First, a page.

AFTER THE STORM:
Port woman aids hurricane victims
PORT DEPOSIT — After storms like Hurricane Florence sweep through communities and leave flooded homes and displaced families in their wake, people like Rosemarie O’Brien are there to help pick up the pieces.
O’Brien, a volunteer with the American Red Cross from Port Deposit, boarded a plane to North Carolina at the end of September to help people find a little hope in the aftermath of the storm.
“When Florence hit, I just knew I needed to go to help out,” she said.
O’Brien is a retired teacher, having taught for 32 years at the University of Portland in Oregon, Los Angeles schools, San Diego schools, and even homeschooling her own grandchildren before they entered the public school system.
Before Florence, O’Brien was deployed to Texas to help people recover from Hurricane Harvey in 2017.
As a member of the Red Cross for the past two years, O’Brien specializes in mass care and sheltering, and has received training in a variety of other areas.
O’Brien said she would be helping people receive the resources they need while being sheltered.
“I will be working in the shelter, making sure people have sleeping arrangements, comfort kits, pillows and blankets, things like that,” she said.
The shelter also provides other resources such as breakfast, lunch, dinner and 24-hour snacks to make sure people are able to eat; medical assistance for anyone who sustained injuries during the disaster or who has an ongoing medical condition; and spiritual care, according to O’Brien.
“We take care of all of that,” she said. The Red Cross runs the Pillowcase Project, which recently partnered with Disney and educates children about what to pack in case of emergencies ranging from hurricanes, earthquakes, fires, severe winter storms and other disasters.
“We have character pillowcases that we give to the students along with the workbook, and then they can put in information or items that they would need to take with them if they had to evacuate,” O’Brien said.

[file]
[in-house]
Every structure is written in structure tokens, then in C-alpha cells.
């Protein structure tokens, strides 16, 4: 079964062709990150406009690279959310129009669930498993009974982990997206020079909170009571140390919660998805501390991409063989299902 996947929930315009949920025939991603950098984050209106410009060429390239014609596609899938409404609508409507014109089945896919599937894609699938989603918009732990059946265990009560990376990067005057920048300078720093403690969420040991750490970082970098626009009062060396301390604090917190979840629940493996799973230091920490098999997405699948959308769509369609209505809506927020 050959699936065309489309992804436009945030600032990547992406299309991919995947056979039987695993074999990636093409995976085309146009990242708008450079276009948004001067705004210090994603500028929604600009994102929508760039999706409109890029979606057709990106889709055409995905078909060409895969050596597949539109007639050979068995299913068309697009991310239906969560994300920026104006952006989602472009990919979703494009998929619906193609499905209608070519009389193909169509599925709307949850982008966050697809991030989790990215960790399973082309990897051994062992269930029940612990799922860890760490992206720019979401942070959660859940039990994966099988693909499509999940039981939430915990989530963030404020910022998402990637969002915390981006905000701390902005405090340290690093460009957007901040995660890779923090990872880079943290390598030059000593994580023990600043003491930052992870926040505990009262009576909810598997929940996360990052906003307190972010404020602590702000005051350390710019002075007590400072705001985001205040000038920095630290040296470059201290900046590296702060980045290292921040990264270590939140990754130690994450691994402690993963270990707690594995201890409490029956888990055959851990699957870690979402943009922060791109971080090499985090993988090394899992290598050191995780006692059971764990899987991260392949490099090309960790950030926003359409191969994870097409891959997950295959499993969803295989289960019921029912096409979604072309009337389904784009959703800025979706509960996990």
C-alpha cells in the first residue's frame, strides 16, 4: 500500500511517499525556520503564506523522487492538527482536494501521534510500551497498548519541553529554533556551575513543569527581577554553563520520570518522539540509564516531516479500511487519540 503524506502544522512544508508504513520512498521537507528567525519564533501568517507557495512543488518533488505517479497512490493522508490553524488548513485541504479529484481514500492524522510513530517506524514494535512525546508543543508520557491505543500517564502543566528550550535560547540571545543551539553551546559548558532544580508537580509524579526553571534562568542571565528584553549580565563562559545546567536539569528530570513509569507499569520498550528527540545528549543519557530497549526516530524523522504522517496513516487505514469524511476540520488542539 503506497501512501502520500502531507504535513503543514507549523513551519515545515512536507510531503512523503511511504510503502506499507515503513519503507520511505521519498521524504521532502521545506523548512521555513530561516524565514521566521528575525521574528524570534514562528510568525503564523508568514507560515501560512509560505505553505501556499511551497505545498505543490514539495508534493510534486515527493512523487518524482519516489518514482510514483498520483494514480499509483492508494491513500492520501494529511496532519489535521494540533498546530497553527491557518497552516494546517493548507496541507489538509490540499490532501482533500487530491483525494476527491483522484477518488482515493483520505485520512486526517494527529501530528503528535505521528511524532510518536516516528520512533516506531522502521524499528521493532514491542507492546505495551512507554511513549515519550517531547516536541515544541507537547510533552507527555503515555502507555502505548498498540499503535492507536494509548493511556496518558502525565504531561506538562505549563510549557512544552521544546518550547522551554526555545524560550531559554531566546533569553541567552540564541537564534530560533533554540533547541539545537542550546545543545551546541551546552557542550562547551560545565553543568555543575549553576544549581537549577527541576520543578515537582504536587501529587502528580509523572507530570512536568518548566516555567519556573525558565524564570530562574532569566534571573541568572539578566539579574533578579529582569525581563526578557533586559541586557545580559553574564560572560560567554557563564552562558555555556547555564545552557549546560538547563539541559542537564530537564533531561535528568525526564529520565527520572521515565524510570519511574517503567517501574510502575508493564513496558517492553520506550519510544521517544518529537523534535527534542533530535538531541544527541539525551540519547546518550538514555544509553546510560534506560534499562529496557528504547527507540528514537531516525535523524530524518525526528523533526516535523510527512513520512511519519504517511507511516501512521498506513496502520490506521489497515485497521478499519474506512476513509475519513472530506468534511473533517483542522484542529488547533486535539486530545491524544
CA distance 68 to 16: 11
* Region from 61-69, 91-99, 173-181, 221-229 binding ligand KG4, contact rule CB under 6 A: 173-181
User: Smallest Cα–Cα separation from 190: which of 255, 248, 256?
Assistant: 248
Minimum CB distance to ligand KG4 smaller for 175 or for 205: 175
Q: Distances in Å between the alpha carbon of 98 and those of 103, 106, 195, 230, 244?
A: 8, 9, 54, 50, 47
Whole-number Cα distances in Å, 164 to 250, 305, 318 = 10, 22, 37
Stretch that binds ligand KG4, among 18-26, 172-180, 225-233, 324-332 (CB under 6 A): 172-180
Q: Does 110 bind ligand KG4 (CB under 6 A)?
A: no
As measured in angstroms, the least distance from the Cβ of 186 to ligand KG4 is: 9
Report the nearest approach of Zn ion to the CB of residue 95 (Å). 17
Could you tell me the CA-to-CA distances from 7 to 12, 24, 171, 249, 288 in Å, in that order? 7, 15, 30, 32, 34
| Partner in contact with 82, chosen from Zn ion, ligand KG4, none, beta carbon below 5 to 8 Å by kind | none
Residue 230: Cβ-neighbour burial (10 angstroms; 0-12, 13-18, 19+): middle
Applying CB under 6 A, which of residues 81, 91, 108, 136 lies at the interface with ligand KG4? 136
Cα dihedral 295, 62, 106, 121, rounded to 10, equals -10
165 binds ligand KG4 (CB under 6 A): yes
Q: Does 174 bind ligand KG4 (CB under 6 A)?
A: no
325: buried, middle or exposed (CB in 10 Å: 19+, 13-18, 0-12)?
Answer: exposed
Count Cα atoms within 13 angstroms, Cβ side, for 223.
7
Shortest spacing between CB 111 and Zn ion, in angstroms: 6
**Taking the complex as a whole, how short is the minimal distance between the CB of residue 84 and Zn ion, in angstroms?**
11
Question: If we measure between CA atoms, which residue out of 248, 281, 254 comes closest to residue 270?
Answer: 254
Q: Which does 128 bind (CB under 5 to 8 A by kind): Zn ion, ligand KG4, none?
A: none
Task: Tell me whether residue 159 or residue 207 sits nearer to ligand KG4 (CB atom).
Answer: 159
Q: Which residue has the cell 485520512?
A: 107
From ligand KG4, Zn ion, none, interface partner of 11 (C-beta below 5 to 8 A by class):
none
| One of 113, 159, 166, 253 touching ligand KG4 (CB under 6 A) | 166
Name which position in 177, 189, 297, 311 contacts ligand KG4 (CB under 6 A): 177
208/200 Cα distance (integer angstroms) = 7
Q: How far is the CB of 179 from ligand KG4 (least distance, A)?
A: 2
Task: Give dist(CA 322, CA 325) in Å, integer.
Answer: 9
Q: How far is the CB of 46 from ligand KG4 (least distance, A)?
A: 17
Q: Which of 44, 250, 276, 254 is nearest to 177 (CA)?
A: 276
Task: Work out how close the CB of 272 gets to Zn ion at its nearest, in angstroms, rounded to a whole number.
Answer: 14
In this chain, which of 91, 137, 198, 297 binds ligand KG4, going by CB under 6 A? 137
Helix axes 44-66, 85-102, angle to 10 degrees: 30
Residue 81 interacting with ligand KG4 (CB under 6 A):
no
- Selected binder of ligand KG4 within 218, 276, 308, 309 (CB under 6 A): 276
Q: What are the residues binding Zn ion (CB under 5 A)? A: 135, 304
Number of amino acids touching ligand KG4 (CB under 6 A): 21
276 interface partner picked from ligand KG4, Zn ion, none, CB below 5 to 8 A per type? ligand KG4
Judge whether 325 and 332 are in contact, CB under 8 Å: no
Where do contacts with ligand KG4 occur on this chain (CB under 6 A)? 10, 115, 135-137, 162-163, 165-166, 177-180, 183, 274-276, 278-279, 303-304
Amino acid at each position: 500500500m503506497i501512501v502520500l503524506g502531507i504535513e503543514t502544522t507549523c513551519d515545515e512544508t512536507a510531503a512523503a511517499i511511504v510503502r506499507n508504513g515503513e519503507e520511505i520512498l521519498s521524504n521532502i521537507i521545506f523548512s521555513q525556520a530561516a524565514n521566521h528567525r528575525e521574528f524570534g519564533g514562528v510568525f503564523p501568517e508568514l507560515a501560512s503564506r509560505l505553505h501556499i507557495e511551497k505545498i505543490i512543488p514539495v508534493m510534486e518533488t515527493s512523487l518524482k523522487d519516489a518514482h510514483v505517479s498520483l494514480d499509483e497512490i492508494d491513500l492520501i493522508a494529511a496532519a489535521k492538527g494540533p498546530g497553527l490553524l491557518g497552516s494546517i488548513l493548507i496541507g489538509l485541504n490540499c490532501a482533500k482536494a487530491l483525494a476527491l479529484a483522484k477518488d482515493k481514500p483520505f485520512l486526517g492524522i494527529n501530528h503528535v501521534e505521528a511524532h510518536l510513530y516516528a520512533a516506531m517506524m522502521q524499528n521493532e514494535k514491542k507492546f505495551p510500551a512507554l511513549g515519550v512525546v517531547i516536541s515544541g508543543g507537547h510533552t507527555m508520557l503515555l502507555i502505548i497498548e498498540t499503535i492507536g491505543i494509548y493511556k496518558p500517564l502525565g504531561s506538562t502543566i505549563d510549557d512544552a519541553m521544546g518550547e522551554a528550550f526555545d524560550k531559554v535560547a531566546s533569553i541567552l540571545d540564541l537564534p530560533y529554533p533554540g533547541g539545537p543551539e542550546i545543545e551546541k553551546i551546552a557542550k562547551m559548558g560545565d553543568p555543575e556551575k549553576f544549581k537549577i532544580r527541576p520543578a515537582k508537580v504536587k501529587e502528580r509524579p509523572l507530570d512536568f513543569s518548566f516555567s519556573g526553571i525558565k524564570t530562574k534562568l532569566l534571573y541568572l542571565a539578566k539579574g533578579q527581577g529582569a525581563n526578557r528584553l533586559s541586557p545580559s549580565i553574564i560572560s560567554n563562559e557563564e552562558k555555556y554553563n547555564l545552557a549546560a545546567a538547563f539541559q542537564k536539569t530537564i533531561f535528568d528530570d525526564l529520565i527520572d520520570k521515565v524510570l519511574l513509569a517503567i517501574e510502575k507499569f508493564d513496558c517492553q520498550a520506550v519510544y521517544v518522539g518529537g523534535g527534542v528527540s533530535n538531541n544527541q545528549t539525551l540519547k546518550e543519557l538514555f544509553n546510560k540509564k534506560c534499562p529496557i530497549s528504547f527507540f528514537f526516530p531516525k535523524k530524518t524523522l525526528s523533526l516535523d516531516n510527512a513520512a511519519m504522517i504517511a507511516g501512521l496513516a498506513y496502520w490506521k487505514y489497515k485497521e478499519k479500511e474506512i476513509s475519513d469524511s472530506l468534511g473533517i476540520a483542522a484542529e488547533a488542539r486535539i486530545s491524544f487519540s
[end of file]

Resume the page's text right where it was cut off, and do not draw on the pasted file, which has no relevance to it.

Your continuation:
The Pillowcase Project is actually what got O’Brien involved with the Red Cross.
“I started doing pillowcase projects in the elementary schools and participating in ‘Sound the Alarm,’ where we find out if people need smoke detectors in their homes and then we, along with the fire department, go into homes to put up smoke alarms for people for free,” she said.
O’Brien is also a member of Delta Sigma Theta, the largest black sorority in the world with over 200,000 members, where she is the chair of the emergency response team for the sorority in Harford and Cecil counties and a representative for the sorority in the Eastern Region. The sorority has also partnered with FEMA and the Red Cross to further achieve its mission of public service.
Although O’Brien is one of the sorors who traveled to North Carolina to assist with the relief efforts, she said there are many others who are ingrained in the communities they are aiding.
“We train our members so that when a disaster happens, they’re right there and they know the community to be able to help out,” she said.
While many people would love to travel hundreds of miles to help people whose lives have been rocked by natural disasters, O’Brien acknowledged that not everyone has the ability to do so. But she said those kind souls don’t have to fly all the way to North Carolina to lend a helping hand.
“They don’t necessarily have to go to another state,” she said. “There are lots of things they can do right in their own city and community.”
Some of those things could include participating in telethons to ask for donations and running information tables to educate people about how to prepare for emergencies well before disasters strike.
O’Brien said she wants people to realize that the Red Cross is run by volunteers, and that everyday citizens can get involved with the organization.
“People train for the various positions, and there are a lot of ways that people can volunteer for the Red Cross so that when an emergency happens, they can fulfill the need,” she said.
American Red Cross volunteer Rosemarie O’Brien pets a therapy dog’s paw during her 2017 deployment to Texas for the Hurricane Harvey relief efforts.